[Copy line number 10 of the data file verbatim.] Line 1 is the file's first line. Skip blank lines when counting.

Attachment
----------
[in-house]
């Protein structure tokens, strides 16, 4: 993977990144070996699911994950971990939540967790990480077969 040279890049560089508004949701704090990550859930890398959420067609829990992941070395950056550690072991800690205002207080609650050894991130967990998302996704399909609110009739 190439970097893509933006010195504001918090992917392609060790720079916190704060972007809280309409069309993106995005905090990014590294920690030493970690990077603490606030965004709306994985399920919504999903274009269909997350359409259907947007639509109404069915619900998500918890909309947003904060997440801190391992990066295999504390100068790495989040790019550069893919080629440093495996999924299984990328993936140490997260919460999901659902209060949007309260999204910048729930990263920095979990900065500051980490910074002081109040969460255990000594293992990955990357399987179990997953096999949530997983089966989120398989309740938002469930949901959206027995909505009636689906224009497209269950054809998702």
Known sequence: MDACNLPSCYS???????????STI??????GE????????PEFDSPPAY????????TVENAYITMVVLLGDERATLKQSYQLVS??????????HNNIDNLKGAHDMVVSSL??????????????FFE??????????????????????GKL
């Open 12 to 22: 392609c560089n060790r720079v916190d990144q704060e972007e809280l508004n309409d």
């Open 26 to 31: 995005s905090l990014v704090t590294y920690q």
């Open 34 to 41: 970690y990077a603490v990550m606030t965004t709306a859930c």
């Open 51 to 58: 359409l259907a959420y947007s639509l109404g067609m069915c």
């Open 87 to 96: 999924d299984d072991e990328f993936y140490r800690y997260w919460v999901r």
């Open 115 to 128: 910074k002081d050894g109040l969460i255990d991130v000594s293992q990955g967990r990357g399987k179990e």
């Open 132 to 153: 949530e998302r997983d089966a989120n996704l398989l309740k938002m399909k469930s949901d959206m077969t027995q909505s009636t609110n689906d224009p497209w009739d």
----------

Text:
């Open 132 to 153: 949530e998302r997983d089966a989120n996704l398989l309740k938002m399909k469930s949901d959206m077969t027995q909505s009636t609110n689906d224009p497209w009739d």